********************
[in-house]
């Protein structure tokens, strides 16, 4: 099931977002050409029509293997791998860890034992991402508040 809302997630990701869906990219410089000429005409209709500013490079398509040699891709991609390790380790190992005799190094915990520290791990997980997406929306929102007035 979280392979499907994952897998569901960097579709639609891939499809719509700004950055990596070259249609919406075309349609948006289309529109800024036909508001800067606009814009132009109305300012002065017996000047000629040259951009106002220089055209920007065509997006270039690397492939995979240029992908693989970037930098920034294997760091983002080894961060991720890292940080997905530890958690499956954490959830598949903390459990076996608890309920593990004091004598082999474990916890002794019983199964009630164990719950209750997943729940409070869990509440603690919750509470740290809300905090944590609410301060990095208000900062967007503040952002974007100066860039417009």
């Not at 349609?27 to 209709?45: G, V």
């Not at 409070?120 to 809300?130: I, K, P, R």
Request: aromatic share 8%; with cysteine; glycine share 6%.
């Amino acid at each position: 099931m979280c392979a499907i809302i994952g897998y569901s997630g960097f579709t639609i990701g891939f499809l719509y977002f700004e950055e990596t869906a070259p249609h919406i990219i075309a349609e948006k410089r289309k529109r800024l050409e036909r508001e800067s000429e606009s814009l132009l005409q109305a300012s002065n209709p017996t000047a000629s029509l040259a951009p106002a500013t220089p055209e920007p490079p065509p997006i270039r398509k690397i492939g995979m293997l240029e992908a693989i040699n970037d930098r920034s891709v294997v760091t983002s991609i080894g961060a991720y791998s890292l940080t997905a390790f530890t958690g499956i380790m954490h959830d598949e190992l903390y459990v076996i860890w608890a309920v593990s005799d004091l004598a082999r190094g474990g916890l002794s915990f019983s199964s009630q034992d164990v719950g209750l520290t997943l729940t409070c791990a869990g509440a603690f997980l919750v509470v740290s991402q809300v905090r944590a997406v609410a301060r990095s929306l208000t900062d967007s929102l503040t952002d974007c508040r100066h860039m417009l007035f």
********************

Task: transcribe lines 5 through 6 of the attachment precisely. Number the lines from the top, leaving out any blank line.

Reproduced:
Request: aromatic share 8%; with cysteine; glycine share 6%.
């Amino acid at each position: 099931m979280c392979a499907i809302i994952g897998y569901s997630g960097f579709t639609i990701g891939f499809l719509y977002f700004e950055e990596t869906a070259p249609h919406i990219i075309a349609e948006k410089r289309k529109r800024l050409e036909r508001e800067s000429e606009s814009l132009l005409q109305a300012s002065n209709p017996t000047a000629s029509l040259a951009p106002a500013t220089p055209e920007p490079p065509p997006i270039r398509k690397i492939g995979m293997l240029e992908a693989i040699n970037d930098r920034s891709v294997v760091t983002s991609i080894g961060a991720y791998s890292l940080t997905a390790f530890t958690g499956i380790m954490h959830d598949e190992l903390y459990v076996i860890w608890a309920v593990s005799d004091l004598a082999r190094g474990g916890l002794s915990f019983s199964s009630q034992d164990v719950g209750l520290t997943l729940t409070c791990a869990g509440a603690f997980l919750v509470v740290s991402q809300v905090r944590a997406v609410a301060r990095s929306l208000t900062d967007s929102l503040t952002d974007c508040r100066h860039m417009l007035f």